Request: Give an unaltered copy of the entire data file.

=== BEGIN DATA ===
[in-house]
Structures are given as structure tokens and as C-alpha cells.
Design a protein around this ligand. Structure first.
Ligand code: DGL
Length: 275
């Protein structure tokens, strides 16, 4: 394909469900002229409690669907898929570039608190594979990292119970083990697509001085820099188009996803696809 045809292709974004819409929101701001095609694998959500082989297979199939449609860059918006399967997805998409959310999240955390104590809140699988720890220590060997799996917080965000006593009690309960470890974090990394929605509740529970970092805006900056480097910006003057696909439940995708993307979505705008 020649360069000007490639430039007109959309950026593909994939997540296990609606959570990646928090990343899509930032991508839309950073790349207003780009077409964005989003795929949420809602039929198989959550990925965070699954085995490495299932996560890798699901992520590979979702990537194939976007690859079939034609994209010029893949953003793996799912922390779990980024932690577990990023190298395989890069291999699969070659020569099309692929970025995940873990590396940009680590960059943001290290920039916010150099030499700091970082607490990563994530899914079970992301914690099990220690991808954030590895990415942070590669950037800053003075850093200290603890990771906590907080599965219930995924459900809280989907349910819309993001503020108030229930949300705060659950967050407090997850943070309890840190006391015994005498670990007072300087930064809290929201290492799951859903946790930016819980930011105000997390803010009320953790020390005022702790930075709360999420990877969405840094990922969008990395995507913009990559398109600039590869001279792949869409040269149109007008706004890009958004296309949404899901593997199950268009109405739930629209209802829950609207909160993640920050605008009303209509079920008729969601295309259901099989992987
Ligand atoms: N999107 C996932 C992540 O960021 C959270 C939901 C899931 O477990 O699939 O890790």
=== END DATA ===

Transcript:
[in-house]
Structures are given as structure tokens and as C-alpha cells.
Design a protein around this ligand. Structure first.
Ligand code: DGL
Length: 275
């Protein structure tokens, strides 16, 4: 394909469900002229409690669907898929570039608190594979990292119970083990697509001085820099188009996803696809 045809292709974004819409929101701001095609694998959500082989297979199939449609860059918006399967997805998409959310999240955390104590809140699988720890220590060997799996917080965000006593009690309960470890974090990394929605509740529970970092805006900056480097910006003057696909439940995708993307979505705008 020649360069000007490639430039007109959309950026593909994939997540296990609606959570990646928090990343899509930032991508839309950073790349207003780009077409964005989003795929949420809602039929198989959550990925965070699954085995490495299932996560890798699901992520590979979702990537194939976007690859079939034609994209010029893949953003793996799912922390779990980024932690577990990023190298395989890069291999699969070659020569099309692929970025995940873990590396940009680590960059943001290290920039916010150099030499700091970082607490990563994530899914079970992301914690099990220690991808954030590895990415942070590669950037800053003075850093200290603890990771906590907080599965219930995924459900809280989907349910819309993001503020108030229930949300705060659950967050407090997850943070309890840190006391015994005498670990007072300087930064809290929201290492799951859903946790930016819980930011105000997390803010009320953790020390005022702790930075709360999420990877969405840094990922969008990395995507913009990559398109600039590869001279792949869409040269149109007008706004890009958004296309949404899901593997199950268009109405739930629209209802829950609207909160993640920050605008009303209509079920008729969601295309259901099989992987
Ligand atoms: N999107 C996932 C992540 O960021 C959270 C939901 C899931 O477990 O699939 O890790």